Developing a truly diverse and inclusive workforce is vital to every company, but perhaps even more so for data centers. The data center sector is fast growing and extremely hungry for talent. As an industry, we need to attract more employees, while doing everything we can to retain the ones we have. To accomplish this, we need to create cultures of belonging, ones that acknowledge and respect individual differences and backgrounds–an approach that is fundamental to our ability to succeed both in business and as corporate citizens of the world.
And, yet, as we seek to make our teams more diverse and inclusive, there are challenges that need to be addressed. First are the macro challenges, which include a lack of candidates with diverse backgrounds and inherent biases that exist within hiring processes. Second, we must work just as hard to retain a diverse set of employees as we do to attract new and diverse job candidates. Third, we must communicate the right messages, both internally and externally, to reinforce the importance and values we place on diversity and inclusion.
The macro challenges cannot be solved by one company alone. Our industry must work together with secondary schools, trade schools, colleges and universities to improve opportunities for candidates with diverse backgrounds. This is a longer-term effort, and it varies by region, but we must take deliberate, collective steps to address it.
However, looking at shorter term, we can work to proactively identify and mitigate the unconscious biases often seeping into the hiring process. Unconscious bias refers to stereotypes individuals subconsciously harbor towards others. When bias shows up during the hiring process, it may hinder efforts to consider diverse candidates.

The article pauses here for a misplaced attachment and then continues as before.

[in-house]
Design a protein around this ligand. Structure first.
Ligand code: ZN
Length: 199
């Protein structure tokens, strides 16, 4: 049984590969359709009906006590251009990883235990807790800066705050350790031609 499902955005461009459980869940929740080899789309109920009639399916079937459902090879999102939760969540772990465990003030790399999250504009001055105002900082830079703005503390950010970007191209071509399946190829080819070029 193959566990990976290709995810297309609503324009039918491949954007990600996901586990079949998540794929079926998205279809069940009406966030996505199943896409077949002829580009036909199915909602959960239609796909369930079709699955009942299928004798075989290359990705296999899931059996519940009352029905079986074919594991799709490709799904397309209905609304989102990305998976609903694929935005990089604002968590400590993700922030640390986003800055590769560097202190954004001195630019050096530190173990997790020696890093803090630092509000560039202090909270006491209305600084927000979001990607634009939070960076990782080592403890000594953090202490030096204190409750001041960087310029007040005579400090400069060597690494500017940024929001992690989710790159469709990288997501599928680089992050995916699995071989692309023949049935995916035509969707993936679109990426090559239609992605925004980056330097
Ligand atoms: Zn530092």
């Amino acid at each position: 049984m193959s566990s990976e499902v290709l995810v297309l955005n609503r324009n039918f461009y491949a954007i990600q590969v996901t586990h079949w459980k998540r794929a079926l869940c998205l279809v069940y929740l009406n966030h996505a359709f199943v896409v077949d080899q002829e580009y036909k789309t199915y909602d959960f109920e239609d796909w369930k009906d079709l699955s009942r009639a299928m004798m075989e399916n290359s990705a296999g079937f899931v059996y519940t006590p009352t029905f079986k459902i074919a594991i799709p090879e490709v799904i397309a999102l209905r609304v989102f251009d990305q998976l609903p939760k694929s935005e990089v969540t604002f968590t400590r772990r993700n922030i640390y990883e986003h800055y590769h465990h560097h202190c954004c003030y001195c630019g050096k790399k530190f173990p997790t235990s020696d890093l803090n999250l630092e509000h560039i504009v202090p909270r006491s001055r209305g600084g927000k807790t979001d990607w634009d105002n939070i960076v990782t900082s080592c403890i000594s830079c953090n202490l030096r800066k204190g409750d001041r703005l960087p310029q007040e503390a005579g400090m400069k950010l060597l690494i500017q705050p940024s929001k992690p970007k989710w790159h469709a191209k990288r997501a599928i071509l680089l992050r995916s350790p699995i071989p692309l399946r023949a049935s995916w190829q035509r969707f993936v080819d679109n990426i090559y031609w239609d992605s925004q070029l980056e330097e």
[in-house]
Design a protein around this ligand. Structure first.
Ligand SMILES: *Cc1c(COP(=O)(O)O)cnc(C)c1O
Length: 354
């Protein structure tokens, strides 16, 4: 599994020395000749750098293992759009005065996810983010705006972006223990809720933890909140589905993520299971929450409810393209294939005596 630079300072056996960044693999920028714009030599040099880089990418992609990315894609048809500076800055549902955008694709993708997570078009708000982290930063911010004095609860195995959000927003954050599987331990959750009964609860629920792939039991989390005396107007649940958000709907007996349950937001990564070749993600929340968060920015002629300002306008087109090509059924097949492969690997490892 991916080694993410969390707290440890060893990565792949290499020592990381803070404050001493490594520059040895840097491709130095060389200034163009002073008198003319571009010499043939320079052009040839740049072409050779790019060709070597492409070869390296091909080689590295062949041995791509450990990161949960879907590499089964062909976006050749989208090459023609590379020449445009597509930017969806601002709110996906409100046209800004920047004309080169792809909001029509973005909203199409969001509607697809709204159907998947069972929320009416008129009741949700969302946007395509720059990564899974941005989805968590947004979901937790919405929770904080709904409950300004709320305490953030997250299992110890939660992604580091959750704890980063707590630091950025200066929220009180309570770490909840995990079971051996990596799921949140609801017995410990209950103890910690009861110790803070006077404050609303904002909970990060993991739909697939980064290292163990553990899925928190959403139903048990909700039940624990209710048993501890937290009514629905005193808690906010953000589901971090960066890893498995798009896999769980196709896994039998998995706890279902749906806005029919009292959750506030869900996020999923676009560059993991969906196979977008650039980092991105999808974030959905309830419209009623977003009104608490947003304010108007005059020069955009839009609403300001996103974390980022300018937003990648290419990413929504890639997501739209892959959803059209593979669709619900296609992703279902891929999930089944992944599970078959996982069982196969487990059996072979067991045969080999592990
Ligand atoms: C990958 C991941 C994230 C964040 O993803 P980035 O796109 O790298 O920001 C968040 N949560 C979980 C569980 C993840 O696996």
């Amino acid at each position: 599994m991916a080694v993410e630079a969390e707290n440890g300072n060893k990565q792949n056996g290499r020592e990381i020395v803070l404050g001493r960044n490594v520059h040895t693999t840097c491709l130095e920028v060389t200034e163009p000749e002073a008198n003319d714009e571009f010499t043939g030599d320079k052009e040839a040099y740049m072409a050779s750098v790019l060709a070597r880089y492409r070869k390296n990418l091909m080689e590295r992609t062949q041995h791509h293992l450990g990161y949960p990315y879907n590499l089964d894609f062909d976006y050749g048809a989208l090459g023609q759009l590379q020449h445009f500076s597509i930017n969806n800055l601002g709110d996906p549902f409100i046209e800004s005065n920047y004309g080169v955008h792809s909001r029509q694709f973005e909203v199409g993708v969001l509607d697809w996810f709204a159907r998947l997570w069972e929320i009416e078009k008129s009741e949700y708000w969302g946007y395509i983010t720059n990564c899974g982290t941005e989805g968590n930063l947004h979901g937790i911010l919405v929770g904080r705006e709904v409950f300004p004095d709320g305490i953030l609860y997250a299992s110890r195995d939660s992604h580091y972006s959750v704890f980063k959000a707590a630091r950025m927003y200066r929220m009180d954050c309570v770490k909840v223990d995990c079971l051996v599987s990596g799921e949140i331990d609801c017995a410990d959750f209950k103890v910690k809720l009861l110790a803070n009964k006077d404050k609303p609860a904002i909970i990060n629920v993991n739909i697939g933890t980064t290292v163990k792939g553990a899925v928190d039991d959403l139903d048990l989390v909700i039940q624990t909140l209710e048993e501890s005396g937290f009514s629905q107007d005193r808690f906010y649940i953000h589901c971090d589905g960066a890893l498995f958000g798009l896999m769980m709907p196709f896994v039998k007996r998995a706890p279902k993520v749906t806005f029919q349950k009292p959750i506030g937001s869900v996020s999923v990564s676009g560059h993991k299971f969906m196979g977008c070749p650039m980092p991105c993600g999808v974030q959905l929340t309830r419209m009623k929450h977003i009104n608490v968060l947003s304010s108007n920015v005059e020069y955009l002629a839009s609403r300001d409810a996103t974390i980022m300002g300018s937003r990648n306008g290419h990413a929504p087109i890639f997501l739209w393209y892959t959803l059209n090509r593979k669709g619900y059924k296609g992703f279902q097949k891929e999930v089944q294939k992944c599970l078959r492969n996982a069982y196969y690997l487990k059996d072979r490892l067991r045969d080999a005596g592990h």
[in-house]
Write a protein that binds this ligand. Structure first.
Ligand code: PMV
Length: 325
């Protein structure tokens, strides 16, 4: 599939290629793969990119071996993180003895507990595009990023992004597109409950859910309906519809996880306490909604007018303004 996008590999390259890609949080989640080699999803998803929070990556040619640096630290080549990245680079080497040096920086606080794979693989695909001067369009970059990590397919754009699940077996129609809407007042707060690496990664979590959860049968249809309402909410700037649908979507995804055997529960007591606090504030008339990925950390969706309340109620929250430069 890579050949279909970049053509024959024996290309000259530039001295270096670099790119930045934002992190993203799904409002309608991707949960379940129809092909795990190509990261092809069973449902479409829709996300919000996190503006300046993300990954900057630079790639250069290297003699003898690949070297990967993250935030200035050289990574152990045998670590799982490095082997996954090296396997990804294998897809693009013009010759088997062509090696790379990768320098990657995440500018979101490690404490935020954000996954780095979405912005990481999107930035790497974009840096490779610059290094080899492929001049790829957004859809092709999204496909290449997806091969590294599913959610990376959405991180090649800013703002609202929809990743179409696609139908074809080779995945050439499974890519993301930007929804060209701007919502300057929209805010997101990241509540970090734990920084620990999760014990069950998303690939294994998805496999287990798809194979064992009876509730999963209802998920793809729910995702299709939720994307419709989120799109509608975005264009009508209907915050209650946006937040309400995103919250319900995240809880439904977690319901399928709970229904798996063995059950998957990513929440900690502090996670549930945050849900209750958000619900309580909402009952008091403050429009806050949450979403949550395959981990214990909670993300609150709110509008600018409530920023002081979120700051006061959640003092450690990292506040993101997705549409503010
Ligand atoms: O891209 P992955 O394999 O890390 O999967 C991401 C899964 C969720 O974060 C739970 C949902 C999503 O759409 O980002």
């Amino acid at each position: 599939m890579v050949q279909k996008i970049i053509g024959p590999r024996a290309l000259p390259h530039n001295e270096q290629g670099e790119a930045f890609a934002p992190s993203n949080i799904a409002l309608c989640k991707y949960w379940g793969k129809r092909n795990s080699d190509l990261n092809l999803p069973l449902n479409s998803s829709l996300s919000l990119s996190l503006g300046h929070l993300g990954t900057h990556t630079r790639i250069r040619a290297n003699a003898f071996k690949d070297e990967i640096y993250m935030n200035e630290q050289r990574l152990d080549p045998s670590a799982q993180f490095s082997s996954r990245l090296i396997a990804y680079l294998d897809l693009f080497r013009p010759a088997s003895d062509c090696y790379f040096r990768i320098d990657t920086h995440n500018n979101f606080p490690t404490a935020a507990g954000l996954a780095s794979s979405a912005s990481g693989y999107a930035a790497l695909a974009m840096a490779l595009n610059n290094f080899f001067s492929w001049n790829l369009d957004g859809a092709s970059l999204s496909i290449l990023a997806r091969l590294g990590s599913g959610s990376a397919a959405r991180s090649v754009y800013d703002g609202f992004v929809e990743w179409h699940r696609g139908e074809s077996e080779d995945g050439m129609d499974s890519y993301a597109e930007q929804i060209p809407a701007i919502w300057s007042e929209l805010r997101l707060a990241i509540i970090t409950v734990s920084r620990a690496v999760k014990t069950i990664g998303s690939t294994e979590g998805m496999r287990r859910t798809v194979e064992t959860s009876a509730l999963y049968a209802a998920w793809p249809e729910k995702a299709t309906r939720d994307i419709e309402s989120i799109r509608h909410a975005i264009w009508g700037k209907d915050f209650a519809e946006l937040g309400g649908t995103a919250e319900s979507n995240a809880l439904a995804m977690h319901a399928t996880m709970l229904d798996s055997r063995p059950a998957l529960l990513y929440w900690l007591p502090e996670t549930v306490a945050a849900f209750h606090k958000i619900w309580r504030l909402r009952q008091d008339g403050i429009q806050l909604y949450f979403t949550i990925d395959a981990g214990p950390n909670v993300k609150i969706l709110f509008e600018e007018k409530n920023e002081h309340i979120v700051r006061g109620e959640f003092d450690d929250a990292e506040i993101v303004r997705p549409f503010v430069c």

Although unconscious bias is inherent and never can be eradicated completely, there are steps companies can take today to filter it from their hiring processes. For example, Vantage has implemented a training program that helps employees address, recognize and reframe their own biases. Thanks to this training, our team is better equipped to put aside biases during the recruitment process, enabling them to focus more objectively on the strengths of each candidate.
Note that it’s important to hire the best qualified candidate for the role, not necessarily the most qualified candidate, since that could be limiting. Instead, develop a specific set of necessary qualifications for the role to be filled and match candidates with that list.
For example, let’s look at how organizations include in their job postings that related experience or a college degree is required, whether for someone handling government affairs or facilities management. These actions generally net candidates who look and feel like the team an organization already has. Eliminating limitations like this in the job description specifically opens the candidate pool to include a wider range of people and, in turn, increases the chances for a broader talent pool.